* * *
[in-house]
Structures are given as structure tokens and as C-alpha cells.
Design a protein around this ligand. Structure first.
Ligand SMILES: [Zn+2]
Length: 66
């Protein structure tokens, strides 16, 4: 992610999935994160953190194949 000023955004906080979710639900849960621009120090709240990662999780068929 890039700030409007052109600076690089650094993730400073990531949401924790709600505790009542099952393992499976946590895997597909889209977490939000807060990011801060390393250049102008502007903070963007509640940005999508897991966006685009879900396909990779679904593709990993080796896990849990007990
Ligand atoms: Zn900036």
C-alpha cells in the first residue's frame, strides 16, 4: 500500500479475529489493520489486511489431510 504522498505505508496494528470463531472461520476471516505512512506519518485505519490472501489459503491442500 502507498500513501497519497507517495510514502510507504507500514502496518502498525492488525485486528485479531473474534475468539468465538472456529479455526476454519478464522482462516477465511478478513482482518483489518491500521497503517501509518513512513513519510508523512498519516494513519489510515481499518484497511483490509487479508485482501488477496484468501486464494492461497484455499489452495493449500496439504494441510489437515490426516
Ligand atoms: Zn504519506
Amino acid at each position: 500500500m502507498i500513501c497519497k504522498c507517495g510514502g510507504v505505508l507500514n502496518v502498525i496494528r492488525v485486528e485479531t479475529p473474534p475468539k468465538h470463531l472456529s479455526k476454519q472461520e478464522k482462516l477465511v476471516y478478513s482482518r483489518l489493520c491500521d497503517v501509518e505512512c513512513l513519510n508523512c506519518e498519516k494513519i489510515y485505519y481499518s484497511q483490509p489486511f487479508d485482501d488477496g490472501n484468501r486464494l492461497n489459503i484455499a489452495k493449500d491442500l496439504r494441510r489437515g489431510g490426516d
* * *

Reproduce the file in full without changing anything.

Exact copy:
[in-house]
Structures are given as structure tokens and as C-alpha cells.
Design a protein around this ligand. Structure first.
Ligand SMILES: [Zn+2]
Length: 66
């Protein structure tokens, strides 16, 4: 992610999935994160953190194949 000023955004906080979710639900849960621009120090709240990662999780068929 890039700030409007052109600076690089650094993730400073990531949401924790709600505790009542099952393992499976946590895997597909889209977490939000807060990011801060390393250049102008502007903070963007509640940005999508897991966006685009879900396909990779679904593709990993080796896990849990007990
Ligand atoms: Zn900036």
C-alpha cells in the first residue's frame, strides 16, 4: 500500500479475529489493520489486511489431510 504522498505505508496494528470463531472461520476471516505512512506519518485505519490472501489459503491442500 502507498500513501497519497507517495510514502510507504507500514502496518502498525492488525485486528485479531473474534475468539468465538472456529479455526476454519478464522482462516477465511478478513482482518483489518491500521497503517501509518513512513513519510508523512498519516494513519489510515481499518484497511483490509487479508485482501488477496484468501486464494492461497484455499489452495493449500496439504494441510489437515490426516
Ligand atoms: Zn504519506
Amino acid at each position: 500500500m502507498i500513501c497519497k504522498c507517495g510514502g510507504v505505508l507500514n502496518v502498525i496494528r492488525v485486528e485479531t479475529p473474534p475468539k468465538h470463531l472456529s479455526k476454519q472461520e478464522k482462516l477465511v476471516y478478513s482482518r483489518l489493520c491500521d497503517v501509518e505512512c513512513l513519510n508523512c506519518e498519516k494513519i489510515y485505519y481499518s484497511q483490509p489486511f487479508d485482501d488477496g490472501n484468501r486464494l492461497n489459503i484455499a489452495k493449500d491442500l496439504r494441510r489437515g489431510g490426516d